Grisaille – Chiaroscuro painting in shades of gray imitating the effect of relief.
Gum Arabic – The binder used in watercolor and which is made from the gum of the Acacia tree (in the past commonly associated with Arabia, in recent decades also found in the West).
Harmony – The unity of all the visual elements of a composition achieved by repetition of the same characteristics.
Hatching – A technique of modeling, indicating tone and suggesting light and shade in drawing or tempera painting, using closely set parallel lines.
Iconography – Loosely, the “story” depicted in a work of art; people, places, events, and other images in a work, as well as the symbolism and conventions attached to those images by a particular religion or culture.
Idiom – The style of a particular artist, school or movement.
Illustration – A general term used for a drawing or an original work of art.
Knife – A painting knife may be utilized for the application of paint, whereas a palette knife is primarily utilized for mixing and blending the paint on the palette.
Lacquer – A varnish consisting of a solution of shella in alcohol, often used for varnishing metals.retouch-
Licensing – The act of selling a license to reproduce an artist’s work for a specific purpose. There are licensing agents who specialize in negotiating deals with makers of porcelain, giftware, stationery etc. Artists should be aware of the difference between selling a license and selling their copyright in a work.
Linear Perspective – A method of depicting three-dimensional depth on a flat or two-dimensional surface. Linear perspective has two main precepts: 1. Forms that are meant to be perceived as far away from the viewer are made smaller than those meant to be seen as close 2. Parallel lines receding into the distance converge at a point on the horizon line known as the vanishing point.
Mannerism – A deliberate simulation or exaggerated display.
Medium – Used to describe either the material used to create a work of art (such as oil, acrylic, pencil, water-colour, charcoal, stone, cloth or other material); the liquid with which pigment or an existing oil paint is mixed to create or modify the paint, or an expressive art form.
Mixed Media – Used to describe art that uses more than one medium (such as a work that combines paint, natural materials and man-made materials) to create a single work of art.
Monochrome – Painting done in a range of tints and tones of a single colour.
Montage (Collage) – An artwork comprising portions of various existing images such as photographs or prints and arranged so that they join, overlap or blend together to create a new image or artwork in its own right.
Mural – A painting that is applied to a wall surface.
Neutral – Having no hue – black, white, or gray; sometimes a tannish colour achieved by mixing two complementary colours.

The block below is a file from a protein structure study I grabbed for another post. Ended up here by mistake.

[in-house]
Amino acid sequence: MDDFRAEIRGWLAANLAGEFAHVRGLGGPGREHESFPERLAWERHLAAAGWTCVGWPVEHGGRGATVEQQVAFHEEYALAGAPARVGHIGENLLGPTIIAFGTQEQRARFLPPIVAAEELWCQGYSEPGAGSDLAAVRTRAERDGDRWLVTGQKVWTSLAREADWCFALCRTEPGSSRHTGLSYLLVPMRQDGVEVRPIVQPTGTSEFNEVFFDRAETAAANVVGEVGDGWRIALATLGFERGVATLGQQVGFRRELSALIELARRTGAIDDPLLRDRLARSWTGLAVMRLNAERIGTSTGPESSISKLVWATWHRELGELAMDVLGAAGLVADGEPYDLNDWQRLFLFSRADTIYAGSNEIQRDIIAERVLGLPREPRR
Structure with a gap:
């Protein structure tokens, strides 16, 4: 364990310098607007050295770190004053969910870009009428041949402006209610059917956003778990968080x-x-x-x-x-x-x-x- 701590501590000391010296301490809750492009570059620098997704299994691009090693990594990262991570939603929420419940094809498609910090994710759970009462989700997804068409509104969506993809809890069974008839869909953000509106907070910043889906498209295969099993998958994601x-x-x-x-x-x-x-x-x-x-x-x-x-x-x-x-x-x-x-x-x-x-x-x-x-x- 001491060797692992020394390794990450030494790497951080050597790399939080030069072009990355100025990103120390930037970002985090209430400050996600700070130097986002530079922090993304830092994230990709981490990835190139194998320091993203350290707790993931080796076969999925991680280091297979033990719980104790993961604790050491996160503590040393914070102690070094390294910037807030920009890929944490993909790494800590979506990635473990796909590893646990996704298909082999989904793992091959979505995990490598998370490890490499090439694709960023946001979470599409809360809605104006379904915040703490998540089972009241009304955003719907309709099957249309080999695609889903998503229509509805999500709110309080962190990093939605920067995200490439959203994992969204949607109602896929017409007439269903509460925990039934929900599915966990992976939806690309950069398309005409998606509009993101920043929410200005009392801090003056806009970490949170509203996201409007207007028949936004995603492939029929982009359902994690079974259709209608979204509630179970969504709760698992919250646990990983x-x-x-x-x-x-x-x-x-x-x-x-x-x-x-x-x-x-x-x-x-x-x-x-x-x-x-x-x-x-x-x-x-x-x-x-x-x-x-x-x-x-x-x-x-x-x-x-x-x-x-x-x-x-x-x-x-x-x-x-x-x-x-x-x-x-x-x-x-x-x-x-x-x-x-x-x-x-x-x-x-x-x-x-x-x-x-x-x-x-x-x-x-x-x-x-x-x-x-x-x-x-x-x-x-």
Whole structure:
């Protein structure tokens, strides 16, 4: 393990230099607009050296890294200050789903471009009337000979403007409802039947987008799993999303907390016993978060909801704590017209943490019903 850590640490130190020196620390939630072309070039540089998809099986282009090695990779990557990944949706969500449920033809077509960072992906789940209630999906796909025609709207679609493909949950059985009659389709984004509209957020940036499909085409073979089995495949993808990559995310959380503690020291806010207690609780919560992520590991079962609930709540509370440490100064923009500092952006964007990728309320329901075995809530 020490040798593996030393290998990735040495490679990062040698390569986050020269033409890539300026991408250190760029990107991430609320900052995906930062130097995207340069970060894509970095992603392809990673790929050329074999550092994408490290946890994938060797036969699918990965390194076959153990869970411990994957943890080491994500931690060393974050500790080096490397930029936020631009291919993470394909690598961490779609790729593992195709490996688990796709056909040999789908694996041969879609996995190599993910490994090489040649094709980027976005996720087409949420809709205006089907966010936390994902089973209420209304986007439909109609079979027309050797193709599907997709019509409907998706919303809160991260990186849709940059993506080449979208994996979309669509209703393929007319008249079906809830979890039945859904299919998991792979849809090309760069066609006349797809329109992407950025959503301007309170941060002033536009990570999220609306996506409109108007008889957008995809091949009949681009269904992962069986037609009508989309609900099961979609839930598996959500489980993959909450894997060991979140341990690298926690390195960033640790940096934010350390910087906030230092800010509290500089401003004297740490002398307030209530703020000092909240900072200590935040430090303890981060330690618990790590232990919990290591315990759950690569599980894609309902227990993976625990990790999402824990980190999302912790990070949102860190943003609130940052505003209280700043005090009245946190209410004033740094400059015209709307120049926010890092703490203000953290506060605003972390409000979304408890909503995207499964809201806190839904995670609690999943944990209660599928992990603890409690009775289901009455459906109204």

Numbered – A numbered print is designed to show the limit or size of a print edition. The number is generally placed over the size of the edition. For example 12/500 indicates that the print is number twelve out of an edition of 500.

…to be continued

Image source: www.guidetooilpainting.com

Oil Painting Terms: Part One

Oil Painting Terms
Oil painting has several words that ought to be learned prior to obtaining a brush. Many oil painting terms origin from Latin roots so mispronunciations are very common. Please bear in mind that there may be some variation between the various professionals, organizations and especially between different languages following translation to English. Here are some of the common terms that a new artist should be familiar with.

Oil-painting-essential-materials-techniques-Good-Paints

Abstraction – The process of leaving out of consideration one or more properties of a complex object so as to attend to others.
Acrylic – A type of rapid drying and versatile synthetic paint that is an especially popular with artists working today. The term is also used as a generic term for any synthetic paint medium. Acrylics have good adhesive and elastic properties, they resist ultraviolet light and chemical degradation and are easy to remove with mineral spirits. They are often used in the restoration of damaged oil paintings.
Adumbration – A sketchy, imperfect or faint representation.
Altarpiece – A painted or carved screen placed above and behind an altar or communion table.
Alkyd – Synthetic resin used in paints and mediums to work as a binder that encapsulates the pigment and speeds the drying time.
Alla Prima – Technique in which the final surface of a painting is completed in one sitting, without underpainting. Italian for “at the first”.
Analogous Colours – Colours that are closely related, or near each other on the colour spectrum. Especially those in which we can see common hues.